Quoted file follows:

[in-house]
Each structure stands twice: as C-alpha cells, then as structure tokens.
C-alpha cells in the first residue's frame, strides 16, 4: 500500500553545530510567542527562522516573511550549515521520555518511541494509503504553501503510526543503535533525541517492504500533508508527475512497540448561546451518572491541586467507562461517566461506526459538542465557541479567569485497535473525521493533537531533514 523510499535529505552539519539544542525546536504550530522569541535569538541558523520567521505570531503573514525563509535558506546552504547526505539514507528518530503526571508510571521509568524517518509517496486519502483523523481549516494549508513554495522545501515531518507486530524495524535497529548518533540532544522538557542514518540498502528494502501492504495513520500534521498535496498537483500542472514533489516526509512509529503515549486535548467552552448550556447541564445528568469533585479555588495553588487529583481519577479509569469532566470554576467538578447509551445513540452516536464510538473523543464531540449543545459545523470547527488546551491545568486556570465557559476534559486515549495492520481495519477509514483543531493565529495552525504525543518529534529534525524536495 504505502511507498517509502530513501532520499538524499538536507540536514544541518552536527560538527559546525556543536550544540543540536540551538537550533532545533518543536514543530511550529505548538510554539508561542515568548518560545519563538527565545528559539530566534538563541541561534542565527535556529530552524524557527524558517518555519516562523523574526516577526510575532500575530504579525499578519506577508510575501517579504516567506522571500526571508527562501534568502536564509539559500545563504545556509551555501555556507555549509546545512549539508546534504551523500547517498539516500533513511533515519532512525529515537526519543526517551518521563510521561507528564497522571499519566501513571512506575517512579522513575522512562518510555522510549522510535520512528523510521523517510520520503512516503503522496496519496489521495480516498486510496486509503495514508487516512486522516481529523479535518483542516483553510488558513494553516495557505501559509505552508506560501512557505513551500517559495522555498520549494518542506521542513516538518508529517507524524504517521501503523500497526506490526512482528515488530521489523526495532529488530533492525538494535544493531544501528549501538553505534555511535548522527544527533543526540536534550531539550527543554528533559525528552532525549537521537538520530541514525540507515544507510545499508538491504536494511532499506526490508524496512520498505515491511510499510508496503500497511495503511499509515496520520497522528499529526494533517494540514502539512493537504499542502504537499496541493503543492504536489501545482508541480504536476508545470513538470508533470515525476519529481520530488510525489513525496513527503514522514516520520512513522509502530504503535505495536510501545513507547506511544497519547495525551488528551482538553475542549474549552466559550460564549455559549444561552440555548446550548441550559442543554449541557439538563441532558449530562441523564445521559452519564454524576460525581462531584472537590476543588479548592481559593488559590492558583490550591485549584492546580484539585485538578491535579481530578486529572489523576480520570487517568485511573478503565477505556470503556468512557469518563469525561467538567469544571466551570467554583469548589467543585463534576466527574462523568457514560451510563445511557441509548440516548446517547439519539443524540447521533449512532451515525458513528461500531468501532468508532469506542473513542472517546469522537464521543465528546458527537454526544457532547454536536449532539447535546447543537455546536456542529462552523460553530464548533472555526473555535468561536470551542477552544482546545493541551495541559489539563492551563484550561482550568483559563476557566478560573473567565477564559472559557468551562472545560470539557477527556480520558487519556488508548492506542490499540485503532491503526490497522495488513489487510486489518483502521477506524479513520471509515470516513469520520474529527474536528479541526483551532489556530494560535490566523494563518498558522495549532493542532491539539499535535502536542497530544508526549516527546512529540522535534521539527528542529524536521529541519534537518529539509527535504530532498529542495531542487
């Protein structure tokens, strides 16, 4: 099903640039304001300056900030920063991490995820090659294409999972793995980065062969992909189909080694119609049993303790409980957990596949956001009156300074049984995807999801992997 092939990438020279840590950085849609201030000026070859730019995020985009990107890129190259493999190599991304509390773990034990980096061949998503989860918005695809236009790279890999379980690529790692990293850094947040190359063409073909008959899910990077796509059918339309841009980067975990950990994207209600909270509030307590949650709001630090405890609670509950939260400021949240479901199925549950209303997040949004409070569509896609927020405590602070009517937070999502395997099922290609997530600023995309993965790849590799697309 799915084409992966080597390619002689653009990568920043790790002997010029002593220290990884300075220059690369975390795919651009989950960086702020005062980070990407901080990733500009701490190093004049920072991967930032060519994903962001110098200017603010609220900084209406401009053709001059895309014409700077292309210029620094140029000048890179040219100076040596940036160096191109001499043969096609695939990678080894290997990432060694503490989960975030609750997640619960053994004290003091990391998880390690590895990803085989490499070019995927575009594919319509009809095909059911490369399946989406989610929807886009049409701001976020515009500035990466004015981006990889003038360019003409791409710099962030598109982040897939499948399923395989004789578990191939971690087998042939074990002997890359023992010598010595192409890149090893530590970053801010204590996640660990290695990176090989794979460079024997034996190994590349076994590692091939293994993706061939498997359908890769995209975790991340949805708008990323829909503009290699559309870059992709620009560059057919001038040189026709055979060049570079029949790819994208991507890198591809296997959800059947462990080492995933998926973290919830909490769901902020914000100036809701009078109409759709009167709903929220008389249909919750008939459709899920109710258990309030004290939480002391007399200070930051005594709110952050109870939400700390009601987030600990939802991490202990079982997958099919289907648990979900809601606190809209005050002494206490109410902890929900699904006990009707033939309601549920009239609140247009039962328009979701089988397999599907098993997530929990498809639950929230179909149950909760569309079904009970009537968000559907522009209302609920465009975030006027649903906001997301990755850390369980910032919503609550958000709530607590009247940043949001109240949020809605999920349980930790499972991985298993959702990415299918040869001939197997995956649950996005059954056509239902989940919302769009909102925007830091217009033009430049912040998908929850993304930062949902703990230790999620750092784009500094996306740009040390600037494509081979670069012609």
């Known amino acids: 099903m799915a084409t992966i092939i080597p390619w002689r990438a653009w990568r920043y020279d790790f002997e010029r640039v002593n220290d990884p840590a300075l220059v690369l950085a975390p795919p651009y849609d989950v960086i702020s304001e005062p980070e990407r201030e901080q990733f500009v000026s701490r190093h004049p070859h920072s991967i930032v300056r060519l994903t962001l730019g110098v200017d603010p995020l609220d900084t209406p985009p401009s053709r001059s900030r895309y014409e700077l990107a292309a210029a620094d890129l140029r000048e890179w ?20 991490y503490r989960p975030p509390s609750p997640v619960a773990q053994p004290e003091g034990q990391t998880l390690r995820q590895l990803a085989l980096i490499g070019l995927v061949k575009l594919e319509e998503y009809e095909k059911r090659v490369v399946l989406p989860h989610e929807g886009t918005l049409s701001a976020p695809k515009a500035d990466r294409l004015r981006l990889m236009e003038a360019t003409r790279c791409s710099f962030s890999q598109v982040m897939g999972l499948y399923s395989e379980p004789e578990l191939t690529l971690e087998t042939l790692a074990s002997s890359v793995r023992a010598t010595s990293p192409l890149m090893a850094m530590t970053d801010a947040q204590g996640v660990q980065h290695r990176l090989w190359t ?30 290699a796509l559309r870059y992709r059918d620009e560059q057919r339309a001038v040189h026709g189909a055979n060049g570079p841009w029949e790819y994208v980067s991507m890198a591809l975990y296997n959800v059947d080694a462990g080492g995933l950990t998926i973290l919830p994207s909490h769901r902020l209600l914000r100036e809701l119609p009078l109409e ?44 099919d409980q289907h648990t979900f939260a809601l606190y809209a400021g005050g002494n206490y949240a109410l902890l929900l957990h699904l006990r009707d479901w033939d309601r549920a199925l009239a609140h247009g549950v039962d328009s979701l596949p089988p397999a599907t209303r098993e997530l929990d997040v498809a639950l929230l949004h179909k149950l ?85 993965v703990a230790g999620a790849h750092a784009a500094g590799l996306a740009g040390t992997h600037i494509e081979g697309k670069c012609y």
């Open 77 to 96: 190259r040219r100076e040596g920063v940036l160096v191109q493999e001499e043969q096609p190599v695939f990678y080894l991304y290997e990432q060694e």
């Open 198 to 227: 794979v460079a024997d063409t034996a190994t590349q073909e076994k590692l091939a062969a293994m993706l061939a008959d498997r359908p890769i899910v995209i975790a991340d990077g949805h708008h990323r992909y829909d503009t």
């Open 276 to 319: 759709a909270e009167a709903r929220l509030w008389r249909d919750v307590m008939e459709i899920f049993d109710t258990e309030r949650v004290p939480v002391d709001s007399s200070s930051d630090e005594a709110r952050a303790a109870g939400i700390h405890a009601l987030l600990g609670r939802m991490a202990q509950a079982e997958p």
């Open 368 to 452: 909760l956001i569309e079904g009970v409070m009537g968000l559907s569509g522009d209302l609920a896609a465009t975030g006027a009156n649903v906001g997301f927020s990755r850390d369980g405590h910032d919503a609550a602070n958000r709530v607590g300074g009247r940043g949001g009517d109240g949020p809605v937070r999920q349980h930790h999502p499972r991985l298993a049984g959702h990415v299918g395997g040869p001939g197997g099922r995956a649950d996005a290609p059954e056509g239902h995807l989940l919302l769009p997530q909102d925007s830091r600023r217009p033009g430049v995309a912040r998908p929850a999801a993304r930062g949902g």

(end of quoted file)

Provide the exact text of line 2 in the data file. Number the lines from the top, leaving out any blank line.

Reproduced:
Each structure stands twice: as C-alpha cells, then as structure tokens.